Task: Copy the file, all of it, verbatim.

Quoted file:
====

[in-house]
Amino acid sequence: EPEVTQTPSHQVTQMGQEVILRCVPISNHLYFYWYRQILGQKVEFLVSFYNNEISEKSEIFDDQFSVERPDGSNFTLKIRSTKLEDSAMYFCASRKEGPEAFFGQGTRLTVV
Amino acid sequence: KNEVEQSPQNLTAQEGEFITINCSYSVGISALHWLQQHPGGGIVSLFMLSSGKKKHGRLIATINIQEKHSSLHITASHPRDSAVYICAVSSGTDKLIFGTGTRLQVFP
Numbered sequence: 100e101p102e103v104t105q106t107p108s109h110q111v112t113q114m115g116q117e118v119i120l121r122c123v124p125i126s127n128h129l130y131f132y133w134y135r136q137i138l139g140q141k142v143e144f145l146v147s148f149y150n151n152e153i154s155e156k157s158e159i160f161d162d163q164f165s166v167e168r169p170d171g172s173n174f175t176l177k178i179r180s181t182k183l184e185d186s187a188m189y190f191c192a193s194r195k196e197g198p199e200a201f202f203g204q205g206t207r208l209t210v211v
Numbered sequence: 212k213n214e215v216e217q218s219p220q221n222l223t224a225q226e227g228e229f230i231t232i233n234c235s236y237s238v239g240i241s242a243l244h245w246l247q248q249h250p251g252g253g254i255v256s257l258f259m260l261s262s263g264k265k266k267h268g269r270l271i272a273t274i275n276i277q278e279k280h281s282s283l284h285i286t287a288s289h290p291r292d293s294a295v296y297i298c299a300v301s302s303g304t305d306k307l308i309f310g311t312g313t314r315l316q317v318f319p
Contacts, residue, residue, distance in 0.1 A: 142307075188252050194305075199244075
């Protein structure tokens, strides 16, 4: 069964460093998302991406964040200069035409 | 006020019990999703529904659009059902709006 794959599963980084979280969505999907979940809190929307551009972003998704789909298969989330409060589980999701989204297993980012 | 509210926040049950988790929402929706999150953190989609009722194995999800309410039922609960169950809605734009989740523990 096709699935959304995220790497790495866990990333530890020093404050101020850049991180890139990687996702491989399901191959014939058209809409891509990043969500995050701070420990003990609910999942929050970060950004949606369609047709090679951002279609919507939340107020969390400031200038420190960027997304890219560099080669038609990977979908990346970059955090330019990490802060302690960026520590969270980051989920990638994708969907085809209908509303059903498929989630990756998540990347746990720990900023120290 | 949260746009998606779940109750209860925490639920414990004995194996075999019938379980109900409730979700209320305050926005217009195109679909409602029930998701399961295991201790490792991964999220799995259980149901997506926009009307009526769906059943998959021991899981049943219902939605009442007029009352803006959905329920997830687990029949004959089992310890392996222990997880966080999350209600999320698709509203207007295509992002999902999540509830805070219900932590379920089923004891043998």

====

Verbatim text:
[in-house]
Amino acid sequence: EPEVTQTPSHQVTQMGQEVILRCVPISNHLYFYWYRQILGQKVEFLVSFYNNEISEKSEIFDDQFSVERPDGSNFTLKIRSTKLEDSAMYFCASRKEGPEAFFGQGTRLTVV
Amino acid sequence: KNEVEQSPQNLTAQEGEFITINCSYSVGISALHWLQQHPGGGIVSLFMLSSGKKKHGRLIATINIQEKHSSLHITASHPRDSAVYICAVSSGTDKLIFGTGTRLQVFP
Numbered sequence: 100e101p102e103v104t105q106t107p108s109h110q111v112t113q114m115g116q117e118v119i120l121r122c123v124p125i126s127n128h129l130y131f132y133w134y135r136q137i138l139g140q141k142v143e144f145l146v147s148f149y150n151n152e153i154s155e156k157s158e159i160f161d162d163q164f165s166v167e168r169p170d171g172s173n174f175t176l177k178i179r180s181t182k183l184e185d186s187a188m189y190f191c192a193s194r195k196e197g198p199e200a201f202f203g204q205g206t207r208l209t210v211v
Numbered sequence: 212k213n214e215v216e217q218s219p220q221n222l223t224a225q226e227g228e229f230i231t232i233n234c235s236y237s238v239g240i241s242a243l244h245w246l247q248q249h250p251g252g253g254i255v256s257l258f259m260l261s262s263g264k265k266k267h268g269r270l271i272a273t274i275n276i277q278e279k280h281s282s283l284h285i286t287a288s289h290p291r292d293s294a295v296y297i298c299a300v301s302s303g304t305d306k307l308i309f310g311t312g313t314r315l316q317v318f319p
Contacts, residue, residue, distance in 0.1 A: 142307075188252050194305075199244075
């Protein structure tokens, strides 16, 4: 069964460093998302991406964040200069035409 | 006020019990999703529904659009059902709006 794959599963980084979280969505999907979940809190929307551009972003998704789909298969989330409060589980999701989204297993980012 | 509210926040049950988790929402929706999150953190989609009722194995999800309410039922609960169950809605734009989740523990 096709699935959304995220790497790495866990990333530890020093404050101020850049991180890139990687996702491989399901191959014939058209809409891509990043969500995050701070420990003990609910999942929050970060950004949606369609047709090679951002279609919507939340107020969390400031200038420190960027997304890219560099080669038609990977979908990346970059955090330019990490802060302690960026520590969270980051989920990638994708969907085809209908509303059903498929989630990756998540990347746990720990900023120290 | 949260746009998606779940109750209860925490639920414990004995194996075999019938379980109900409730979700209320305050926005217009195109679909409602029930998701399961295991201790490792991964999220799995259980149901997506926009009307009526769906059943998959021991899981049943219902939605009442007029009352803006959905329920997830687990029949004959089992310890392996222990997880966080999350209600999320698709509203207007295509992002999902999540509830805070219900932590379920089923004891043998």